21. 21. Canada - Copyright • Once receive valid notice, ISP will: – Forward notification to subscriber (or explain why can’t forward it to claimant) – Retain records for six months – If proceedings launched within six months, retain for a year • Damages for ISP - $5,000 to $10,000 • Fee for service can be set by government (if no fee set, no fee)
  22. 22. EU Digital Single Market
  23. 23. EU Digital Single Market
  24. 24. EU Digital Single Market
  25. 25. EU Digital Single Market
  26. 26. EU Digital Single Market
  27. 27. Illegal and Harmful Content
  28. 28. U.S. Developments • Cubby v. Compuserve (1991) • Stratton Oakmont v. Prodigy (1995) • CDA s. 230 – Interactive computer service – Zeran v. AOL (1997)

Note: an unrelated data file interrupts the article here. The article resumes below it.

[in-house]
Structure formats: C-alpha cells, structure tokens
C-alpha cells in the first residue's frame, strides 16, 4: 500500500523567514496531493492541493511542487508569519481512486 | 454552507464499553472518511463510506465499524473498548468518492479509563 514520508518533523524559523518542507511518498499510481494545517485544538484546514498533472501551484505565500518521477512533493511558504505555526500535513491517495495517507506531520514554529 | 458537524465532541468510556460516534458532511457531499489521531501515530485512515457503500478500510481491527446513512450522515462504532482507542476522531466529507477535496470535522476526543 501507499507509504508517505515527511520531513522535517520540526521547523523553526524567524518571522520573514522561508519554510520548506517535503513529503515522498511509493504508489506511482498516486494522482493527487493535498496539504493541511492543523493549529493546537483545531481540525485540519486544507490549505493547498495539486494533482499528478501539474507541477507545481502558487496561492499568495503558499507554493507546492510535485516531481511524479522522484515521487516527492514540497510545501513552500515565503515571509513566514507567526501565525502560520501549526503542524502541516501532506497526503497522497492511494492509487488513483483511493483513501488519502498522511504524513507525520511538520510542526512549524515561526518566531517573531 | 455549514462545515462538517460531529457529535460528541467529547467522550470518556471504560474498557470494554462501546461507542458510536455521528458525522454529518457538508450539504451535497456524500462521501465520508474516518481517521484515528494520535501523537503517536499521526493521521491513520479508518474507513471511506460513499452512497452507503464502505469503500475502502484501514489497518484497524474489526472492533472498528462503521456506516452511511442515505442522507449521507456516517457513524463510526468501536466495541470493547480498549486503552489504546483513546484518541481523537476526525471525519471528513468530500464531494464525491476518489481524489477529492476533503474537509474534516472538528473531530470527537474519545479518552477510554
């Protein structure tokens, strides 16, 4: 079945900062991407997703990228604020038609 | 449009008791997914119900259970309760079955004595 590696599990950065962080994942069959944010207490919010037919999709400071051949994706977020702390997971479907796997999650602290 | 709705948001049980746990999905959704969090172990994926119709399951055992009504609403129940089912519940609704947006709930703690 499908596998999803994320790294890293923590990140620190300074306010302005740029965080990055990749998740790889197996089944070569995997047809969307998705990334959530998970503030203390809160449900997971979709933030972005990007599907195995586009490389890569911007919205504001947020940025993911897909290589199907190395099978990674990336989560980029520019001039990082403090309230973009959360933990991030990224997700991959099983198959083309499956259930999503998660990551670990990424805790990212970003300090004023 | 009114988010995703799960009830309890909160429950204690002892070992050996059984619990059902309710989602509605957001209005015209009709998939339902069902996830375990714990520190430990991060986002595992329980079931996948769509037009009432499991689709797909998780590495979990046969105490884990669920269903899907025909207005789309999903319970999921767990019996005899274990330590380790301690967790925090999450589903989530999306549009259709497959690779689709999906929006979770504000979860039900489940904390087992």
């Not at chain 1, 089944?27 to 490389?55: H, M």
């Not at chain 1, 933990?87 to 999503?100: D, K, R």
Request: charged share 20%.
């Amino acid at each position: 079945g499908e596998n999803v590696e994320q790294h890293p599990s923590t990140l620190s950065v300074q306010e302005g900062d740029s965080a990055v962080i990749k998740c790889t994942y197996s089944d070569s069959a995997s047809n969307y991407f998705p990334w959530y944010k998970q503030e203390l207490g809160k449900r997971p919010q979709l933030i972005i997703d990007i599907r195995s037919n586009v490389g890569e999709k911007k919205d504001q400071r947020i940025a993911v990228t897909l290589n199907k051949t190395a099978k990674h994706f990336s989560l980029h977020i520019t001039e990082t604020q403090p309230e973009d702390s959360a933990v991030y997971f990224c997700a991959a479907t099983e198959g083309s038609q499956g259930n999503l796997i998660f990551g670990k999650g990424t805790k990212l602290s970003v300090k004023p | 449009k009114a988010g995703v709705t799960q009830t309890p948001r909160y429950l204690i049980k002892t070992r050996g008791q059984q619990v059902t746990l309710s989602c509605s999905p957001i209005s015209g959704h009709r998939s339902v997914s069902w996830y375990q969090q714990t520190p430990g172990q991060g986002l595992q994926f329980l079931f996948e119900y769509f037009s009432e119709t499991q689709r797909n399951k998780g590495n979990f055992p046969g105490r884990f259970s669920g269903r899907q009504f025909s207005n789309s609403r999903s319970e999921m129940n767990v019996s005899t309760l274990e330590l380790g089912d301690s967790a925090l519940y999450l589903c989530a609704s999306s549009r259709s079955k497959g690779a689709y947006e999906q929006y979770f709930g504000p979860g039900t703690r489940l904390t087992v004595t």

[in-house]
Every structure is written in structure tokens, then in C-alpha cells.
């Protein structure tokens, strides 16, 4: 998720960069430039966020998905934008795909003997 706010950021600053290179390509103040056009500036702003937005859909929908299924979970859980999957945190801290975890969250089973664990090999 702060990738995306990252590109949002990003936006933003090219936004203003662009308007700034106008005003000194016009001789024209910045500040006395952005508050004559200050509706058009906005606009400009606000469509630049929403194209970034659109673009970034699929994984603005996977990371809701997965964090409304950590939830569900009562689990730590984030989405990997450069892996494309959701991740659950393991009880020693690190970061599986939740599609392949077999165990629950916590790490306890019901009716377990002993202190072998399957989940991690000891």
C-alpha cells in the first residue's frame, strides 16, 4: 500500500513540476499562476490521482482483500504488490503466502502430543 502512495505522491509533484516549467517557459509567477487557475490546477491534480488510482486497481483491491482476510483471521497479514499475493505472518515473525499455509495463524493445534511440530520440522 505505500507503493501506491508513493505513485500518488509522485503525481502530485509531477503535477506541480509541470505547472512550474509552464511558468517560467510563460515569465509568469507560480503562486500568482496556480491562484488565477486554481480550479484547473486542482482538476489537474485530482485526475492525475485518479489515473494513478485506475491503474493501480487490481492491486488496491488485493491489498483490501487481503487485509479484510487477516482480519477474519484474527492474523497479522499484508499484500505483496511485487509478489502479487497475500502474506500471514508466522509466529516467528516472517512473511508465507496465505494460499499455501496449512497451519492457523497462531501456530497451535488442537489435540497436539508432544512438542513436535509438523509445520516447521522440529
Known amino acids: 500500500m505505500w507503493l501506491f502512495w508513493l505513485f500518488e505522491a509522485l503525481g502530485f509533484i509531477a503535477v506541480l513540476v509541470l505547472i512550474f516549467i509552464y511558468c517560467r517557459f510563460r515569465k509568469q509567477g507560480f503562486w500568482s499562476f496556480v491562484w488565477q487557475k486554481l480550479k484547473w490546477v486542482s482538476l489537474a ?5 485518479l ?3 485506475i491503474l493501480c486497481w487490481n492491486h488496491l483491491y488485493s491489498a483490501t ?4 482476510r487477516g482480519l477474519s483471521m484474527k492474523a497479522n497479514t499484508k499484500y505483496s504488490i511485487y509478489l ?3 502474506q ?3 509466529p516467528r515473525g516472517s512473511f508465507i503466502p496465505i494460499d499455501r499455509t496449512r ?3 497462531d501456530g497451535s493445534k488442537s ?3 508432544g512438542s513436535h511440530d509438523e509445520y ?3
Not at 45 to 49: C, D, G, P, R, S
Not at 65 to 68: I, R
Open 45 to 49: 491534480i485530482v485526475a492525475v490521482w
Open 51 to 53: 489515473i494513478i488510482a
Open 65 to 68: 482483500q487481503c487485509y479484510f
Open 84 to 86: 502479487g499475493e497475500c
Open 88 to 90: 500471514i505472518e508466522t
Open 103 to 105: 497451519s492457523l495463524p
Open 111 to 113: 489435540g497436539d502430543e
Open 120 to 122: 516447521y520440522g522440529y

29. 29. U.S. Intermediaries • CDA Section 230 “No provider or user of an interactive computer service shall be treated as the publisher or speaker of any information provided by another information content provider”
  30. 30. U.S. Intermediaries • CDA Section 230 Two separate immunities: • Immunity for leaving up illegal content. (230)(c)(1) • “Good Samaritan” immunity for taking down legal content based on good faith effort to weed out illegal or even “objectionable” material. (230)(c)(2)
  31. 31. Other Jurisdictions • Liability for failure to remove within 24 hours (Germany) • Duty of care (UK proposal) • Court orders only • Terms of service enforcement only